"The cave, remember your failure at the cave!"

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Supa troop

Sr Member
RPF PREMIUM MEMBER
OK so this has alway's confused me.

Luke is leaving for Cloud City, and Yoda and Obi-wan are trying to presuade him to stay. Yoda says to Luke "remember your faliure at the CAVE"

skipping back to the scene where Luke enter's the CAVE and confront's Vader, Luke lop's off Vader's head, the helmet explode's to reveal Luke's face.

What kind of test is this? and why is it seen by Yoda as a faliure??

would be interesting to read your thought's on this.
 
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Java

Sr Member
Re: Remember your Faliure at the Tree

I thought it was about "what you bring with you" into the tree.

Yoda says Luke won't need his lightsaber in there, but he brought it anyway. So in a self-fulfilling prophecy, turns out he did need it.

FAIL.

:)
 

letmebestormy

Sr Member
RPF PREMIUM MEMBER
Re: Remember your Faliure at the Tree

Bringing weapons wasn't the failure. Bringing fear was the failure.
 

Satxer

Sr Member
Re: Remember your Faliure at the Tree

"The cave, remember your failure at the cave!" Sorry, but I had to not only correct the OP on misquoting, but I was able to do it with the quote!

And you call yourself a Star Wars fan!
 

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Supa troop

Sr Member
RPF PREMIUM MEMBER
Re: Remember your Faliure at the Tree

oh dear :rolleyes :)

For the Anul members, ive changed the original title to this thread.
 

SDGlyph

Member
The cave scene! It's so symbolic! Of... something. I have a pet theory that every viewer puts their own interpretation onto what Luke's actual failure was.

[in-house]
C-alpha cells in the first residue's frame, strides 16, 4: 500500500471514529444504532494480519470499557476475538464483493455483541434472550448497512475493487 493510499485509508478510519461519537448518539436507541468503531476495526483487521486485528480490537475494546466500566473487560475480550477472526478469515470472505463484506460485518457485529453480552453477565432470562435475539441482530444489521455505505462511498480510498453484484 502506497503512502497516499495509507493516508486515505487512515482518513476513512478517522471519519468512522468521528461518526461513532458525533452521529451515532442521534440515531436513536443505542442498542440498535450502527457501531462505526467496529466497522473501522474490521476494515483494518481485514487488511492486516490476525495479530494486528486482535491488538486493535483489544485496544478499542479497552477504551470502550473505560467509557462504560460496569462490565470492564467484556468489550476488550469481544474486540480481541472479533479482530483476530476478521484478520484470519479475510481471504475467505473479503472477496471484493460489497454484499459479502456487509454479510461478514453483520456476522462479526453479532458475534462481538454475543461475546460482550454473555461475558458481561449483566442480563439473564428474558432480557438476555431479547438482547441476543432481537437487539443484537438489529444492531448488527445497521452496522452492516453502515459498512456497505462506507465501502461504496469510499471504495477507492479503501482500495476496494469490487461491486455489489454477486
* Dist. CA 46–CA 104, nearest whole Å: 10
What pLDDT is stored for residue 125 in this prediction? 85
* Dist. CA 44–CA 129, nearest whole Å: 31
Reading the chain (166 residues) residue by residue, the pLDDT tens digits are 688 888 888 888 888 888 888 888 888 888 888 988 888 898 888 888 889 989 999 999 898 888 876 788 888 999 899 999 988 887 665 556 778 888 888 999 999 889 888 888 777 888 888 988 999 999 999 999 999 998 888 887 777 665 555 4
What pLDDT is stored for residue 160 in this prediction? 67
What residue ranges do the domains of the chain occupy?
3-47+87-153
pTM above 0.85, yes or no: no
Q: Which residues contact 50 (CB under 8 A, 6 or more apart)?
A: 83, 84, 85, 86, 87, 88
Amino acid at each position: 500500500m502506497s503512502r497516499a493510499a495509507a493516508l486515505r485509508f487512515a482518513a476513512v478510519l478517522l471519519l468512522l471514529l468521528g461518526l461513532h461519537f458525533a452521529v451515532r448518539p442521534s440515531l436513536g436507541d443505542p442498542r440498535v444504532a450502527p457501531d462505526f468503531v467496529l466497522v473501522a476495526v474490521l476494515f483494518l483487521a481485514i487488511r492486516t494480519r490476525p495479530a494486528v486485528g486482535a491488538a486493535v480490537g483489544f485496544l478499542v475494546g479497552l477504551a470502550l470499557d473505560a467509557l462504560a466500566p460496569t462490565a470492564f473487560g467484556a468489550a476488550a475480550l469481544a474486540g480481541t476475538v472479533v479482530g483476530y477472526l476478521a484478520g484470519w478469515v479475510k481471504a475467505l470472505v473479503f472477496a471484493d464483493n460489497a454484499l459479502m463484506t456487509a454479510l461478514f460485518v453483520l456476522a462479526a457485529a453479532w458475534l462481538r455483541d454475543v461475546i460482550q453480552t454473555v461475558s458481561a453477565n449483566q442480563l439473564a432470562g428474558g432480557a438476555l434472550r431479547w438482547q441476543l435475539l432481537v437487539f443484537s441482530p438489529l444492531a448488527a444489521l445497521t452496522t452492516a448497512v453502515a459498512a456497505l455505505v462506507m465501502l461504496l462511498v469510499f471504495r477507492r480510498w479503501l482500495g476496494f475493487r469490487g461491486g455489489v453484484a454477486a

For me, Luke took his fear and anger - both personified in Vader - into the cave with him. Note that when the vision of Vader appeared, Luke drew first and attacked first, despite Yoda's teaching ("A Jedi uses the Force for knowledge and defence, NEVER attack", "Your weapons... you will not need them"). In doing so, he made himself vulnerable to the Dark Side's influence, which was represented in the vision by the reveal that the Vader of the vision was Luke himself - literally following in his father's footsteps.

So, when Yoda reminded him of his failure at the cave, it was in the context of warning him not to rush to face Vader before completing his Jedi training. Half-trained and still full of anger as he was, Yoda believed that Luke would be unable to resist the lure of the Dark Side (remember: Yoda knew exactly who Vader was). "If you end your training now, if you take the quick and easy path, as Vader did... you will become an agent of evil."
 
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The Rock-a-who

Well-Known Member
I've always wondered what would've happened if he didn't bring his weapons into the cave and saw 'Vader'?

When I was younger, I always imagined he would sit there and try to chat with him. Hey, I was 13! :lol
 

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CessnaDriver

Master Member
RPF PREMIUM MEMBER
He took his weapon because he was afraid despite being advised by Yoda not to do so, he learned inside.... that the true face of his enemy was not Vader's but his own.

Why a tree was strong with the darkside and a domain of evil, who knows, do trees have mitachlorian whats-its? LOL
 

Treadwell

Master Member
RPF PREMIUM MEMBER
I wanna know why there's never been any explanation, or even a reference to (officially or even in the EU) the fact that this "cave" has a manufactured entrance. There is definitely a concrete-ish doorway structure.